Five common causes of narrow lane collisions

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The number of claims we have handled relating to multi vehicle collisions have doubled since the lockdown restrictions were lifted. Claims Technician, Naomi Clements, outlines some of the main reasons why rural roads are a hot spot for accidents.

Many journeys here in the South West involve driving on single track country lanes and, as a rural insurer, we frequently deal with claims resulting from accidents on these roads. In July, we handled an average of more than 50 percent more multi vehicle collision claims per day than we did during lockdown.

Here are the five main factors behind the claims resulting from narrow lane collisions.

  1. Going too fast on a bend

Narrow road collisions typically occur on a bend, in places where there is not enough room for two vehicles to pass. While the national speed limit of 60 miles per hour applies to most rural roads, single track lanes are generally not suited to such high speeds.

Motorists often drive too fast on rural roads and are then unable to stop in time for an oncoming vehicle. According to road safety charity Brake, one in three drivers admits to driving too fast on country roads.

When we deal with the aftermath of these accidents, it is almost always the case that each driver blames the other for going too quickly and failing to stop. Traditionally, it has been notoriously difficult to settle these claims because there are often no witnesses, which has often meant settling on a 50/50 split liability basis, regardless of who was at fault. This is one of the reasons why we encourage our Members to invest in a dash cam as this technology can show exactly what happened and identify who was at fault.

  1. Poor visibility

Blind bends are one of the reasons why country lanes can be dangerous and certain weather conditions can exacerbate the problem. Heavy rain, snow, fog, or low sun can all affect drivers’ visibility and weather conditions can change very quickly. High hedges and walls can also reduce visibility. Drivers should adjust their speed according to the conditions and be aware of their stopping distance.  The RAC advises drivers that when travelling in an average car at 60 miles per hour the stopping distance, in dry conditions, will be approximately 73 metres, which is equivalent to 18 car lengths.  However, the stopping distance will increase if the weather or road conditions are poor.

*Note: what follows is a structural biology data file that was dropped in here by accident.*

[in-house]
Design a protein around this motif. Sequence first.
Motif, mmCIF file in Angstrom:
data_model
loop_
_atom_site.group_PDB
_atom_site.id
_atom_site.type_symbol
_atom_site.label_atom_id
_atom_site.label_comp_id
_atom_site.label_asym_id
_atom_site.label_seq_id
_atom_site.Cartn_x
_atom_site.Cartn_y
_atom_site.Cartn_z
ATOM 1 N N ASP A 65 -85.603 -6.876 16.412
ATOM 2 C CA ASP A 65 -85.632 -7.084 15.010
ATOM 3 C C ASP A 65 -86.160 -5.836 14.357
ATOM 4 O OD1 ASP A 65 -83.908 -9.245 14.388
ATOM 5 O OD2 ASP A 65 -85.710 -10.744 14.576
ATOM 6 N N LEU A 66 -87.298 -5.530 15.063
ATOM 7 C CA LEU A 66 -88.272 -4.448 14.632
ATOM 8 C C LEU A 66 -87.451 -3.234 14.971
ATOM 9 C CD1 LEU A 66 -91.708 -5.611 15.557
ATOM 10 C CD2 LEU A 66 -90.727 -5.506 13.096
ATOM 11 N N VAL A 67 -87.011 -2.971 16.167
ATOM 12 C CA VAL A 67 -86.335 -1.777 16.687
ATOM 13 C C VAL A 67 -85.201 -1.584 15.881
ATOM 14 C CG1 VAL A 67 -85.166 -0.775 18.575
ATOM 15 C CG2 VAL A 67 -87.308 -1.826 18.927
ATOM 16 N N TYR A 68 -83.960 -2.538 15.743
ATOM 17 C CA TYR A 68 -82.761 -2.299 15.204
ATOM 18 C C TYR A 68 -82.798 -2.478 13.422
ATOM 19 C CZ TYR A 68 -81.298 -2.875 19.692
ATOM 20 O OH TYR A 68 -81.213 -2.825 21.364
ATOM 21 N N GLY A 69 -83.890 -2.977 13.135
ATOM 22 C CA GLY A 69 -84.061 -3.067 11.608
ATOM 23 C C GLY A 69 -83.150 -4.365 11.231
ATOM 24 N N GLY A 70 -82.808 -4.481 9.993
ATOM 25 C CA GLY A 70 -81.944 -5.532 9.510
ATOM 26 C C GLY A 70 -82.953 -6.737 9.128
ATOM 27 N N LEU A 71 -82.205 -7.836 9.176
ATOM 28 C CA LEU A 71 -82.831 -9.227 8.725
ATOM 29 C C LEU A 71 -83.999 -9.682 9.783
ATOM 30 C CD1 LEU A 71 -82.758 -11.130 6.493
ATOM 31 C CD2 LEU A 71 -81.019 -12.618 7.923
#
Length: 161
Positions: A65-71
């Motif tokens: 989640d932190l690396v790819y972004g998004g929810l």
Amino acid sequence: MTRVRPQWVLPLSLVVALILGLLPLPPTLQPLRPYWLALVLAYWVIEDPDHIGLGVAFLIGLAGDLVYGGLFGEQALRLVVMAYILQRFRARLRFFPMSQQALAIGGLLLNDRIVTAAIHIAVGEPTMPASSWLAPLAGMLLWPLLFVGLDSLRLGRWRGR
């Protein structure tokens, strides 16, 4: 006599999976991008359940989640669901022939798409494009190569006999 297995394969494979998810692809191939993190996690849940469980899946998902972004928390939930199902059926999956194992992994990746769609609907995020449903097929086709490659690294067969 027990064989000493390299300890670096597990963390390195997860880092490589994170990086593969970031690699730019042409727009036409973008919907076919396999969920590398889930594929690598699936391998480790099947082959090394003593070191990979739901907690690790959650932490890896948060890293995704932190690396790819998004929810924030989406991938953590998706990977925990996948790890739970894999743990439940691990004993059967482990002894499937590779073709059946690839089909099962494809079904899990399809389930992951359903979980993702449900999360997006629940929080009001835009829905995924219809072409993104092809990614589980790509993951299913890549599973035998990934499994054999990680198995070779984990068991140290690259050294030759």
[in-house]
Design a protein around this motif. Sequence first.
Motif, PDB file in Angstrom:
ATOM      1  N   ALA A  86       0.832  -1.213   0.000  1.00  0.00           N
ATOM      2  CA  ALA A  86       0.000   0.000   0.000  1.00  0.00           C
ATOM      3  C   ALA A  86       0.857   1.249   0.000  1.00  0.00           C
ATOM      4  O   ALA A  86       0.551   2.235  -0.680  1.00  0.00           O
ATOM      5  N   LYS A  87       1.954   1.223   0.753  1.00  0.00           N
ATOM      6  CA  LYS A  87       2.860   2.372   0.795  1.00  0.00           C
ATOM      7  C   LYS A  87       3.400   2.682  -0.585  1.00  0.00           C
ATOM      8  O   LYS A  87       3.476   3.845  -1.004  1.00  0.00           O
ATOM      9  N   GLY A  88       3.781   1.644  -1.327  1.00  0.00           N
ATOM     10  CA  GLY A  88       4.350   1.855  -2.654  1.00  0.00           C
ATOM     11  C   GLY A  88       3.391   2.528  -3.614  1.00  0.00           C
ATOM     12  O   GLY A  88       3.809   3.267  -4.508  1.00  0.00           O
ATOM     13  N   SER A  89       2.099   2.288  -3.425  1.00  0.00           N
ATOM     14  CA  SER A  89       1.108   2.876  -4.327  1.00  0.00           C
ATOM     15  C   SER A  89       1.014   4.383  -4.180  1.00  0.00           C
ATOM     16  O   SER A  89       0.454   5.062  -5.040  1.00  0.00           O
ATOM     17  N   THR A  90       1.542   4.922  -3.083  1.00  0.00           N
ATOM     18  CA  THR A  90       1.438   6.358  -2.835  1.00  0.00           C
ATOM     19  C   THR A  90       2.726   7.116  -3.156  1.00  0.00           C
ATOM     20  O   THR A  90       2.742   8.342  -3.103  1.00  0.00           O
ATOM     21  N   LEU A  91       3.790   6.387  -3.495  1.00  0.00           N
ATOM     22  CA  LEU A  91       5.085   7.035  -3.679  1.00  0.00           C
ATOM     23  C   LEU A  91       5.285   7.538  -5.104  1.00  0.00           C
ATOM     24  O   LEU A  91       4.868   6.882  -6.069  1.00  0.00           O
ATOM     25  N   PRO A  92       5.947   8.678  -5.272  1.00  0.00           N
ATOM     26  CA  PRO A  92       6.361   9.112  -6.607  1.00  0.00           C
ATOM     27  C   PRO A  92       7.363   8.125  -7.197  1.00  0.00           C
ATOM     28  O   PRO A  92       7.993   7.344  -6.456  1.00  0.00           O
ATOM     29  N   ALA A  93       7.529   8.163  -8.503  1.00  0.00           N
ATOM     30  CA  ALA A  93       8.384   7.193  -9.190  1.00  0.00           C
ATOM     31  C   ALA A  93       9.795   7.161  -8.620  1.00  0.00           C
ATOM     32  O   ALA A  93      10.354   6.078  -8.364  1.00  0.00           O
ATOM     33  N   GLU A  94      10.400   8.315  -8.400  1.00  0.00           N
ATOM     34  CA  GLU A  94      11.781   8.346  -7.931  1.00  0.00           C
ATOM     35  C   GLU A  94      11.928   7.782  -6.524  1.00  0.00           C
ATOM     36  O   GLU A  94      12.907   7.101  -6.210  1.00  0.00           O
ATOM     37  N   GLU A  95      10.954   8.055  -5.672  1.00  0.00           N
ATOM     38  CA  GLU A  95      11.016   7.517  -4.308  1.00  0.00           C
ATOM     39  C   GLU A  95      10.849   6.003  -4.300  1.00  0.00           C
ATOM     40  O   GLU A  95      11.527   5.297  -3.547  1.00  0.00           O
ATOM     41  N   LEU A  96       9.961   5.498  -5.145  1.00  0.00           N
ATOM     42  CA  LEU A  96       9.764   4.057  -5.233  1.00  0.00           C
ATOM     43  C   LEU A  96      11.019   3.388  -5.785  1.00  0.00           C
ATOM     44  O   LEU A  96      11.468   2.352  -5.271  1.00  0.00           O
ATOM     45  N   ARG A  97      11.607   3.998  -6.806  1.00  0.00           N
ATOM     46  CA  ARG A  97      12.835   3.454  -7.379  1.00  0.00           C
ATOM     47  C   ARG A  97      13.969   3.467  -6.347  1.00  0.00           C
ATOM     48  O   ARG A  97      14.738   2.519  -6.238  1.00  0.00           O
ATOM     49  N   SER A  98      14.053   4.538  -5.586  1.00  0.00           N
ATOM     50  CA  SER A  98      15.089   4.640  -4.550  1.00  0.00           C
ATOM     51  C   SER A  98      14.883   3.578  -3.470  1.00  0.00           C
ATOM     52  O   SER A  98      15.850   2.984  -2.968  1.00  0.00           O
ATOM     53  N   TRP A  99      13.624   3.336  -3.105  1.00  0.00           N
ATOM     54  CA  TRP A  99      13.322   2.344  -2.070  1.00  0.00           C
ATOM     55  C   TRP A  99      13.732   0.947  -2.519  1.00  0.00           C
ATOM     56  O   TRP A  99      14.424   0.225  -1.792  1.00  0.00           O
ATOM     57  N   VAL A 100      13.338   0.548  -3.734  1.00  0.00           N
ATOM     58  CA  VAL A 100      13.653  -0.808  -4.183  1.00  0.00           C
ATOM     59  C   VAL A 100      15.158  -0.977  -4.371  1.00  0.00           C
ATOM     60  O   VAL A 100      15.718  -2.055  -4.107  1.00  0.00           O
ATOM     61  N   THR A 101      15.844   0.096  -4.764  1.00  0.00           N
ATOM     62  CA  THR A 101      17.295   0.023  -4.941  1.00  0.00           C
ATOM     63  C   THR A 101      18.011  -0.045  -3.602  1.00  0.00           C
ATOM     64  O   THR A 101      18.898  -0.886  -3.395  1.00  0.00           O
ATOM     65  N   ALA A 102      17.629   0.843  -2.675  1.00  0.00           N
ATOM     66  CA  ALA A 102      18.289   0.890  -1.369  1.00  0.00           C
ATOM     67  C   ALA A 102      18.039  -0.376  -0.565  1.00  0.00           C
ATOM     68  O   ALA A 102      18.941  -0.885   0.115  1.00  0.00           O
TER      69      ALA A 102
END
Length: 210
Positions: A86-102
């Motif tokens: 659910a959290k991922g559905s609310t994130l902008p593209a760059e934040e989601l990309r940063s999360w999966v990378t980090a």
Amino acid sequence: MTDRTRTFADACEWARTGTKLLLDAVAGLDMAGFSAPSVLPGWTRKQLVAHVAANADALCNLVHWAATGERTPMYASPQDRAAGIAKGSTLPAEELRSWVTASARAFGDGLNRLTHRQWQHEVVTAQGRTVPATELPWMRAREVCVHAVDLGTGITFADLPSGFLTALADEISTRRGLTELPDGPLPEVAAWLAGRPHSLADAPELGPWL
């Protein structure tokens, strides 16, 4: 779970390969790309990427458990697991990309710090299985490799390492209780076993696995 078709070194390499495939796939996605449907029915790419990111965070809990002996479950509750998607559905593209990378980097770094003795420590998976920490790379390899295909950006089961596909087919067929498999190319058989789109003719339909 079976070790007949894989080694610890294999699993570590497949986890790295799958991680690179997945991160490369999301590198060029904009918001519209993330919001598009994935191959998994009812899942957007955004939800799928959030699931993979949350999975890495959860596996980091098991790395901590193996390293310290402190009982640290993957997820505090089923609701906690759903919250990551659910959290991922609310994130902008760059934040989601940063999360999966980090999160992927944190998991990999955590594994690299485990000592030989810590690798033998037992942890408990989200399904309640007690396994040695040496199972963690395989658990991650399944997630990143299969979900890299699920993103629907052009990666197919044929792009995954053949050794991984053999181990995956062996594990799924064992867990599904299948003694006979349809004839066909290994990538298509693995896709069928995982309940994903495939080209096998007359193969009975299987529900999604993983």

1. Drivers not expecting farm vehicles

While many of the claims are the result of a collision between two cars, we also deal with incidents involving tractors or other farm vehicles. These accidents can often be more serious for motorists because of the increased size and weight of agricultural machinery. During harvesting season, we can expect to see more of these vehicles out on the roads.

One fairly common accident we deal with is when a tractor has pulled out of a farm entrance and collides with a third party vehicle. Motorists should be alert to this and ensure they would be able to stop in such an event.

From 1 September until late March, drivers should also be prepared for tractor-mounted rotary flail hedge cutters on rural roads. These are large and very slow-moving vehicles and accidents sometimes occur when drivers become impatient and attempt to squeeze past them.

  1. Mud on the roads

Mud on the roads is often caused by farm vehicles carrying mud on their tyres, but during wet weather, runoff from fields is also a problem. If mud is left to build up, it can become engrained in the road surface, making it very slippery and leave motorcyclists particularly vulnerable.

While it is the farmers’ responsibility to clear up any mud they have transferred onto the roads, motorists should always be alert to the possibility of slippery conditions. That means driving at an appropriate speed and taking particular care on bends and when driving past farm and field entrances.

  1. Complacency

According to the RAC Foundation, 60 per cent of all fatal motoring accidents occur on country roads and three people on average die each day on rural roads. Despite this, many people become complacent if they regularly drive on narrow lanes.

The vast majority of the narrow lane collision claims involve drivers who live locally and are very familiar with the road, on which the accident occurred. Drivers can become careless and overconfident on the roads they drive every day. However well you know a road, you can never be sure of other road users.

When driving on rural roads, be prepared to encounter other cars, farm vehicles, cyclists, motorbikes, animals, or pedestrians at any time. Allow extra time for your journey so you are not rushing and are less likely to become impatient if you are delayed. However well you know the road, remember that you have no control over other drivers’ behaviour.

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